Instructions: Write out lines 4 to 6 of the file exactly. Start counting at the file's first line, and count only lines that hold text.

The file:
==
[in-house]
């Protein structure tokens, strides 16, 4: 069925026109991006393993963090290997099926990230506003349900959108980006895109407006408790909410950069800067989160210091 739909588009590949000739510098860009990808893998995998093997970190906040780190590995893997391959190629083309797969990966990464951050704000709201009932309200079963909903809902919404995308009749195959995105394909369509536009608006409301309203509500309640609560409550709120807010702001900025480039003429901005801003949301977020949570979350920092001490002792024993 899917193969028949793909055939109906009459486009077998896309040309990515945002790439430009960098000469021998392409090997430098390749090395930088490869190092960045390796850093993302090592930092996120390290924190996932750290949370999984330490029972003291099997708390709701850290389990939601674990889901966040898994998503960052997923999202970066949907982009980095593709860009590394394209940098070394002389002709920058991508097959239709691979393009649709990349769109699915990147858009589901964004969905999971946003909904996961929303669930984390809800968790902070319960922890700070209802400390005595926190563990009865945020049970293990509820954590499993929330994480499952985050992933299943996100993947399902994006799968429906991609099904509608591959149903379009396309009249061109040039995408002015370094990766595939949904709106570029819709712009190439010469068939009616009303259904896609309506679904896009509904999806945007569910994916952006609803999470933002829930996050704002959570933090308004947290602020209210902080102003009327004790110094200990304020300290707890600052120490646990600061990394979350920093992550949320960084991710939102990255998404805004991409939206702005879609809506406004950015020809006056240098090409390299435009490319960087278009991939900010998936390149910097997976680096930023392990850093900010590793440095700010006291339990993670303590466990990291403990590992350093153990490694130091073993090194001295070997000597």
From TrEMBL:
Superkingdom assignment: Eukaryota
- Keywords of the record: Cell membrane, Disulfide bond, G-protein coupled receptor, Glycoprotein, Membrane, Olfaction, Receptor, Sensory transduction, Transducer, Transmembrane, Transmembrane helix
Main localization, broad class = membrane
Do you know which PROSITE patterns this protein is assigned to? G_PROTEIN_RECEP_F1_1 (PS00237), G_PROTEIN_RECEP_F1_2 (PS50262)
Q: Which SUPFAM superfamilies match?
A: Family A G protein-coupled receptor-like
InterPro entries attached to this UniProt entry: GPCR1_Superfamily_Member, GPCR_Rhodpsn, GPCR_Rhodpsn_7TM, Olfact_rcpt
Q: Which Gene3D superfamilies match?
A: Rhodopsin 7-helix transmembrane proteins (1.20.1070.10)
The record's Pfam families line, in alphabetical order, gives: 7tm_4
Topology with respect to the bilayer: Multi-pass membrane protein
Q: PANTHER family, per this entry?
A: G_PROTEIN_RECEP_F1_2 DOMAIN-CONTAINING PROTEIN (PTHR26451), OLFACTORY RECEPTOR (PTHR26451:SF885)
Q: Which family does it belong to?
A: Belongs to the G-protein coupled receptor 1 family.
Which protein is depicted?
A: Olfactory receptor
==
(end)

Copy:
Superkingdom assignment: Eukaryota
- Keywords of the record: Cell membrane, Disulfide bond, G-protein coupled receptor, Glycoprotein, Membrane, Olfaction, Receptor, Sensory transduction, Transducer, Transmembrane, Transmembrane helix
Main localization, broad class = membrane